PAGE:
If you want to learn more about Texas ranching and pioneer life on the western frontier, a visit to the National Ranching Heritage Center in Lubbock Texas is where you what you want to add to your Texas trip planner. The National Ranching Heritage Center is a magnificent museum that is well maintained and extremely informative. If you love Texas pioneer history then this venue is a must stop. This is one of the best Lubbock attractions you’ll entirely enjoy.
The National Ranching Heritage Center was dedicated in 1976 however the planning, the securing of financial resources and the gathering of western, ranch and pioneer exhibits including historic structures took place over the prior decade.
What to See
Located on the north boundary of the Texas Tech University campus in Lubbock, this amazing western museum comprising thirty acres features about fifty buildings that include a schoolhouse, barns, and very well preserved houses, etc. There are thirty-eight ranch structures. Each of them have been authentically and historically restored and furnished. Many of the ranch buildings are from history’s most important ranches. The buildings date from the late 1800’s to the mid twentieth century. The homesteads on display date from the time that the panhandle of Texas was settled and it’s pretty easy to appreciate what these settlers went through when you visit.
The photo below is the Hedwig’s Hill Dogtrot House that was originally built in Mason County Texas near the Llano River. This house was built as two log cabins under a common roof separated by a breezeway called a dogtrot. This architecture was very common on the frontier.
Also at the museum is a large collection of western art and ranching artifacts. You’ll also view nearly 200 vintage and antique firearms and about 1,000 pairs of spurs.
The National Ranching Heritage Center hosts several events throughout the year. Included is a chuck wagon dinner and a concert during the spring. During the summer are fiddle dances and an event named “Candlelight at the Ranch” in December. As an interesting side note, Texas rancher Charles Goodnight was credited with developing the first chuck wagon. Goodnight reportedly built his chuck wagon using a Civil War surplus Studebaker wagon.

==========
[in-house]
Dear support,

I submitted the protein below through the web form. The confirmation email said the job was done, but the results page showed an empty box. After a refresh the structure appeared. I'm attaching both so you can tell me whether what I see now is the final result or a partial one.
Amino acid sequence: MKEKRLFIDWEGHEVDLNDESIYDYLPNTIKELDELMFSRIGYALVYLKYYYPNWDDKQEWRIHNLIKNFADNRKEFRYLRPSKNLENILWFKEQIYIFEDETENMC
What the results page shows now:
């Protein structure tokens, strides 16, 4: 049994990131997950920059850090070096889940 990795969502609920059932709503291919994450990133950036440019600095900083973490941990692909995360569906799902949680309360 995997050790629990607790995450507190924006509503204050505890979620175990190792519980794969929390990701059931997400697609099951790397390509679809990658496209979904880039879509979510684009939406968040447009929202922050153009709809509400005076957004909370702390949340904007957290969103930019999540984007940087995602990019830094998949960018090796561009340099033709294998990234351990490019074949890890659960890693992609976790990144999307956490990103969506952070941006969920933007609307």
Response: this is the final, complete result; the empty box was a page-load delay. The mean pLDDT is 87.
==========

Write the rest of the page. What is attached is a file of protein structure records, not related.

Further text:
The National Ranching Heritage Center sponsors the Junior Rough Riders, a membership organization for youths. Some of the programs that are part of the membership are coloring contests, summer youth classes, children’s library, Heritage Halloween and Ranch Day.
As of this writing, the National Ranching Heritage Center is open seven days a week. M-Sat 10A-5P. Sun 1-5P. The Historical Park closes at 4P every day. The National Ranching Heritage Center is located at 3121 4th St., at the north boundary of the Texas Tech University campus in Lubbock Texas.
The Ranches of the Texas Panhandle
It is quite appropriate that a large ranching museum is located in Lubbock Texas. It just so happens that some of the largest and more famous ranches in our country were in the Texas Panhandle area of the state.
Among these would be the XIT and the JA. The XIT, established during the early 1880’s, and the money paid for it by investors financed the building of the Texas State Capital Building in Austin. That same building, constructed of local pink granite, is still today the state capital building of Texas.
The JA Ranch was established by veteran rancher Charles Goodnight and John Adair. The ranch was centered in the Palo Duro Canyon area of the Panhandle. Goodnight is often referred to as the Father of the Texas Panhandle.
You may also enjoy the Trips Into History articles on the links below…
On our Western Trips site you might enjoy our article and visit to the Panhandle Plains Museum in Canyon, Texas.
Historic Frontier Structures
As mentioned above, the National Ranching Heritage Center exhibits dozens of historic buildings and structures. This makes it one of the most unique of Lubbock attractions.
Among those featured in this article is the Hedwig’s Hill Dogtrot House explained above.
Also shown in a photo above is the El Capote Cabin.from the period 1836 to 1845. This was the period of the Republic of Texas. This cabin was located in what is now Guadalupe County, Texas. Construction material included winged elm logs chinked with mud from a nearby stream bed. The roof material was hand split pecan shakes and the floor of the cabin was compacted earth which was very common in that period and in that locale. This architecture was very prevalent in early frontier cabins.
The Los Corralito’s structure shown above was a fortified home from Zapata County Texas. The structure is distinctive with it’s 33 inch thick walls, one door and no windows and six gun ports for defense.
It’s thought that Los Corralito’s rancho might have been the earliest rancho in Texas with standing structures. The walls of this defensive building were made of cut sandstone along with mud and mortar. The term los corralito’s in Spanish means “little corrals“.
(Article and photos copyright 2014 Trips Into History)